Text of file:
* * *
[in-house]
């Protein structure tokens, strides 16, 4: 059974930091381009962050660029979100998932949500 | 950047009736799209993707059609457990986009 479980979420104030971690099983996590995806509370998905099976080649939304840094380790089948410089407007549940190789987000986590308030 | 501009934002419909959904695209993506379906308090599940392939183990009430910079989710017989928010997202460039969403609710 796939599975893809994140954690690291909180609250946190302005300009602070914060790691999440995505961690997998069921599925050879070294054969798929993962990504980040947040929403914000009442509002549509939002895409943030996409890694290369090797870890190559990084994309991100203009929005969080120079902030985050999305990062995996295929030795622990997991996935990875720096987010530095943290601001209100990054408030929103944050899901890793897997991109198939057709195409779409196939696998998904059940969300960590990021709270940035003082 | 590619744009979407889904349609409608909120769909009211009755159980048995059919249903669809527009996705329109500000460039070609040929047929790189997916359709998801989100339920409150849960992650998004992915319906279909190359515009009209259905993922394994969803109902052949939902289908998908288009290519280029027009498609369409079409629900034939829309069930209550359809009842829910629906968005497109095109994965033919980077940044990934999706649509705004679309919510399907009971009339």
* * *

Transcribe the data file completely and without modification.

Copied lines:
[in-house]
């Protein structure tokens, strides 16, 4: 059974930091381009962050660029979100998932949500 | 950047009736799209993707059609457990986009 479980979420104030971690099983996590995806509370998905099976080649939304840094380790089948410089407007549940190789987000986590308030 | 501009934002419909959904695209993506379906308090599940392939183990009430910079989710017989928010997202460039969403609710 796939599975893809994140954690690291909180609250946190302005300009602070914060790691999440995505961690997998069921599925050879070294054969798929993962990504980040947040929403914000009442509002549509939002895409943030996409890694290369090797870890190559990084994309991100203009929005969080120079902030985050999305990062995996295929030795622990997991996935990875720096987010530095943290601001209100990054408030929103944050899901890793897997991109198939057709195409779409196939696998998904059940969300960590990021709270940035003082 | 590619744009979407889904349609409608909120769909009211009755159980048995059919249903669809527009996705329109500000460039070609040929047929790189997916359709998801989100339920409150849960992650998004992915319906279909190359515009009209259905993922394994969803109902052949939902289908998908288009290519280029027009498609369409079409629900034939829309069930209550359809009842829910629906968005497109095109994965033919980077940044990934999706649509705004679309919510399907009971009339």